Porcelain Shards

  I wrote this for the January 24th Flash Fiction Challenge

The last of the dessert set goes into the furnace
Final firing for
cups, saucers, plates and bowls.
There’s a coffee pot and warmer,
a creamer, sugar bowl, and cake plate.
All done in a stylized violet motif
A signature design favoured by my father.

This time there is trouble in the kiln
Most likely the sugar bowl blew
I’ll never know for sure though. I lost that sugar bowl,
and it’s lid,
two cups that had been positioned close by.
Fine porcelain reduced to shards.
Doesn’t happen often, but its part of the game.

Move on, make more.

The prompt and instructions were:

In 99 words (no more, no less) write a story about shards. You can write about the pieces, the item they once were, or who picks them up and why. Go where the prompt leads.

Author: tnkerr

Mostly making things up and writing them down to amuse myself!

9 thoughts on “Porcelain Shards”

  1. I’ve never done any pottery/kiln work, but my younger brother did in high school. His stuff wasn’t nearly as beautiful as those pictured here, but I still feel a pretty tight sentimental connection to the pieces. I’d feel terrible if I broke them after they came out of the kiln nice!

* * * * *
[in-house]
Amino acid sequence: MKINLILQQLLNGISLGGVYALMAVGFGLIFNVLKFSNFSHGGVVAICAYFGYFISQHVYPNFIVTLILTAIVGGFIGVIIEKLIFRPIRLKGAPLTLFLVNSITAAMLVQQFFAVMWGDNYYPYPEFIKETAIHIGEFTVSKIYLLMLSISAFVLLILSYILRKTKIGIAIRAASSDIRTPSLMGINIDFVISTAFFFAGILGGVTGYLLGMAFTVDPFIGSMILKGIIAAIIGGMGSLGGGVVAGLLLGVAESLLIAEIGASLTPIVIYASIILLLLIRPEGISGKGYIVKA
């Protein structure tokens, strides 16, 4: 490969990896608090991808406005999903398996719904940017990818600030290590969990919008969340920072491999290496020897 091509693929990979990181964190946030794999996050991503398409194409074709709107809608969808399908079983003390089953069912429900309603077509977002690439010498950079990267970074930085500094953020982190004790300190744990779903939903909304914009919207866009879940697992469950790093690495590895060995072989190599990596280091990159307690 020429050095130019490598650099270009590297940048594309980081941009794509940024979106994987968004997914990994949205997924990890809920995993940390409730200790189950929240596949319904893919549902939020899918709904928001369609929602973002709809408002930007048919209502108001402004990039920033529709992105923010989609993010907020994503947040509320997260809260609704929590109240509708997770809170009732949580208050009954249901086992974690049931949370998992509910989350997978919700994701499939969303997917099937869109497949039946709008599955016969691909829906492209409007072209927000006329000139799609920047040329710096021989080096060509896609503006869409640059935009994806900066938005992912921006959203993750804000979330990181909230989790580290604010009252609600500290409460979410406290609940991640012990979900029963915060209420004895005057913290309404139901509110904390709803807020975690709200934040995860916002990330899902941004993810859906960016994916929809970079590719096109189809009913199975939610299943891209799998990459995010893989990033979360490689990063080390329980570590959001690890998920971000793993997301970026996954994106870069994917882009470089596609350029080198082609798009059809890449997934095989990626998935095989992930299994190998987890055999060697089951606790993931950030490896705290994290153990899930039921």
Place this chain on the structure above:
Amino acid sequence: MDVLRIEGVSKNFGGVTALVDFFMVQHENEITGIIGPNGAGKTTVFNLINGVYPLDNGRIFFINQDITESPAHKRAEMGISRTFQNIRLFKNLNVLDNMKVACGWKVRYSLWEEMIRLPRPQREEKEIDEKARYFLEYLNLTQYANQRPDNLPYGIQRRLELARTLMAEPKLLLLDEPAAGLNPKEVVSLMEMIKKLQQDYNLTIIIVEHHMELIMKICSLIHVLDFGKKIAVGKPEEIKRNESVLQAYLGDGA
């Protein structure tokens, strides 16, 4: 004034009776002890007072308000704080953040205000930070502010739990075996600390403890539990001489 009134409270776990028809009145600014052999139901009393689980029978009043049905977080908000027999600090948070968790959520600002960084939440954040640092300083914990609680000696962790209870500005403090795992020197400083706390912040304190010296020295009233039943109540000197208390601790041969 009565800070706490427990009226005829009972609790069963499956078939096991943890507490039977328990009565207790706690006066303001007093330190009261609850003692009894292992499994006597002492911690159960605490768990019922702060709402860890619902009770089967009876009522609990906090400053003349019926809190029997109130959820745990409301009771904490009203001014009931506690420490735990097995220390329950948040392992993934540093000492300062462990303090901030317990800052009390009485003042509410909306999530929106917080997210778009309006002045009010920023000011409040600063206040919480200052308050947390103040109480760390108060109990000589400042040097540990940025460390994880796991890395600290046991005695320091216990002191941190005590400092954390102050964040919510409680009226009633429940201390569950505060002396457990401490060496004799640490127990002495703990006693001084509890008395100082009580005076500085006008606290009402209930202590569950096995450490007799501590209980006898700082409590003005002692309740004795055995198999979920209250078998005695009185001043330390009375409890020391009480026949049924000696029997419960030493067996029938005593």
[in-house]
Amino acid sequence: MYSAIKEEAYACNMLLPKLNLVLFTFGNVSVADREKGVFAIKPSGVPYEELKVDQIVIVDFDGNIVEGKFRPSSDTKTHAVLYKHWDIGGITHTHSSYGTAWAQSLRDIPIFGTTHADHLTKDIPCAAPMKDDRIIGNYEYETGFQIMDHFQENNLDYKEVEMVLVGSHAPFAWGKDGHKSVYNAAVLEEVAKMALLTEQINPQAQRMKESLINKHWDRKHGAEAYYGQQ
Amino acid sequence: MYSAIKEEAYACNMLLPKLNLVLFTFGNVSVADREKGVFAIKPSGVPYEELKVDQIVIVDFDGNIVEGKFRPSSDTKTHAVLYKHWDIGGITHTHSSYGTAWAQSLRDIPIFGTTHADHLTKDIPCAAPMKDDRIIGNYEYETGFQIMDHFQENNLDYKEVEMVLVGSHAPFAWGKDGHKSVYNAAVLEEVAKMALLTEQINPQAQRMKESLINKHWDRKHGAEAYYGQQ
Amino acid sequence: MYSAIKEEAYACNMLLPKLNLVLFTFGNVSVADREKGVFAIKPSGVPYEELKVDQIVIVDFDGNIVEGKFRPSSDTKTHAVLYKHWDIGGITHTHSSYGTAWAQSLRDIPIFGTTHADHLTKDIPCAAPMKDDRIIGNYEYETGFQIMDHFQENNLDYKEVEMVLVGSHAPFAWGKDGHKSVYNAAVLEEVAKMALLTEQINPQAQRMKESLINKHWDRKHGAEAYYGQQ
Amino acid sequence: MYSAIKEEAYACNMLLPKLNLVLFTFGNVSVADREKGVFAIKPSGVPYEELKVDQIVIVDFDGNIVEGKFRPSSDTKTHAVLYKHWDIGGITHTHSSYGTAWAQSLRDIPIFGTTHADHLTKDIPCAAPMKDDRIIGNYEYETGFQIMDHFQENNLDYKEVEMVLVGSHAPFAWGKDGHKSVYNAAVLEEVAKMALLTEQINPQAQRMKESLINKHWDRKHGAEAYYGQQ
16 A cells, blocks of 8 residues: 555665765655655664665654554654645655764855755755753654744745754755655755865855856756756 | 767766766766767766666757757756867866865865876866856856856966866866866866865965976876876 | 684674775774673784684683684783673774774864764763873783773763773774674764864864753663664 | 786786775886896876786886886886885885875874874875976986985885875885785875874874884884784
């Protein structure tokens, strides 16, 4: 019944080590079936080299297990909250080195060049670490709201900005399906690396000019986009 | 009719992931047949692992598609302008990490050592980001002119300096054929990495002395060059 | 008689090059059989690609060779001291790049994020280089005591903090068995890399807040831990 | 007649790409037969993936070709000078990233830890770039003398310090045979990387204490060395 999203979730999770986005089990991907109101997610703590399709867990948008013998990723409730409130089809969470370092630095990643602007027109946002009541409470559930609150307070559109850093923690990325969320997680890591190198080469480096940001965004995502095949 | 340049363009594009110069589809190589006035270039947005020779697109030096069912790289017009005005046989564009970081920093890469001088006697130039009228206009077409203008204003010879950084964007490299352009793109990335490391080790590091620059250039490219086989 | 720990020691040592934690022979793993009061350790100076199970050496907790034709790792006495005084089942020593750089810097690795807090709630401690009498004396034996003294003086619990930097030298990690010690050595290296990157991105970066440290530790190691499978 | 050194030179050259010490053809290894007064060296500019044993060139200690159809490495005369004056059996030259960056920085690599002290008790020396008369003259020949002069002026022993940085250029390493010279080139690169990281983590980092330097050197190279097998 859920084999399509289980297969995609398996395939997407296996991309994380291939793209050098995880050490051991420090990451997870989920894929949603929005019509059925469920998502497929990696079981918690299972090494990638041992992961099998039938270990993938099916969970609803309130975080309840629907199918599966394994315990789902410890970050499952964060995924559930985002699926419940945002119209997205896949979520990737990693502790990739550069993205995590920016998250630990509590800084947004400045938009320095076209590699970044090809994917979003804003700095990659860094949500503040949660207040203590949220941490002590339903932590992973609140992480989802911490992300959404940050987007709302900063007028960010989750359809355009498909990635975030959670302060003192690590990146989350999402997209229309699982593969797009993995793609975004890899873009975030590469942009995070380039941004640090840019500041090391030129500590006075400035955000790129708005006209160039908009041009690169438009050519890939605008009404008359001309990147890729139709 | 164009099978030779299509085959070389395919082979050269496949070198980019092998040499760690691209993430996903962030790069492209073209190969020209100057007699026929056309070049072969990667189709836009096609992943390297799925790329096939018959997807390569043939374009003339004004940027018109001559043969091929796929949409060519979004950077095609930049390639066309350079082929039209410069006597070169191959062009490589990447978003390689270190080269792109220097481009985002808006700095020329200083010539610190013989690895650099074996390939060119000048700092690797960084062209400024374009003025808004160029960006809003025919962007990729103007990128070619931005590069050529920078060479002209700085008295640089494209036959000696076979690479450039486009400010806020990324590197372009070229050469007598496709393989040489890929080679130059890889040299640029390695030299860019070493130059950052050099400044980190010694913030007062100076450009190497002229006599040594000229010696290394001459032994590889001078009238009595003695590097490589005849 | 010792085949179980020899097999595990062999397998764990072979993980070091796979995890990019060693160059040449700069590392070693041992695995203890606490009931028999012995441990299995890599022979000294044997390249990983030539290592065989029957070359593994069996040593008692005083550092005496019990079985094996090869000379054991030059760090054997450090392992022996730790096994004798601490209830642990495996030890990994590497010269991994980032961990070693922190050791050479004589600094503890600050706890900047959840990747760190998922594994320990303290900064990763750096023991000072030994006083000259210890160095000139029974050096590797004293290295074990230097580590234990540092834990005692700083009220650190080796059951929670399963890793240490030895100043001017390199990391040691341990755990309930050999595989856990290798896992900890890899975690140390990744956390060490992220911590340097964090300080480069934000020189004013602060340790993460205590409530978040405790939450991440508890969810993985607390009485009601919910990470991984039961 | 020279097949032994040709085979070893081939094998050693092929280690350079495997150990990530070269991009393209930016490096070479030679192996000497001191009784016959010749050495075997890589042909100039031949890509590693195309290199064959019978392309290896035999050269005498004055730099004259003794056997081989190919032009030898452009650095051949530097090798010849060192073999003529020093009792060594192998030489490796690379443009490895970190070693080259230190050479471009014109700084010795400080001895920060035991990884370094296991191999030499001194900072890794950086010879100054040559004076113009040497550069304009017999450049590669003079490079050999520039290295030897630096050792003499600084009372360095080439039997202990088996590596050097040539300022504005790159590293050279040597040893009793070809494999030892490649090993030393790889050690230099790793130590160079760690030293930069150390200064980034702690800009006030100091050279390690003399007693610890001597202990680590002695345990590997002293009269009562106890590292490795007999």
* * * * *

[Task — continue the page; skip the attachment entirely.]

Liked by 1 person

  2. I enjoyed making some pottery in High School. Though only the teacher had access to the Kiln.
    I’ve worked with polymer clay. But that only needs to set in a home oven at 250 degrees for about 15, 20 minutes. Not as sturdy as real clay, but you can make some nice things with it.

    Liked by 1 person

    1. I have a couple of kilns and although my wife is a potter I’m really not. The clay she uses typically bisque fires at about 1900 degrees F. Glaze firings vary but typically run around 2200 degrees. I do some china and tile painting for that there are usually multiple firings – all at around 1400 degrees.
      An air bubble in the clay can expand at those temps and take a piece out. Can even damage some of the pieces nearby in the kiln.
      I’d like to see some photos of what the polymer clay comes out like? Do you have pictures you can share?

      Liked by 1 person

  3. I have been fortunate enough to have been the recipient of some of Jules’ polymer clay. She sent my husband and me a housewarming gift of a wheel barrel full of veggies rendered exquisitely with a candle.

    Liked by 1 person

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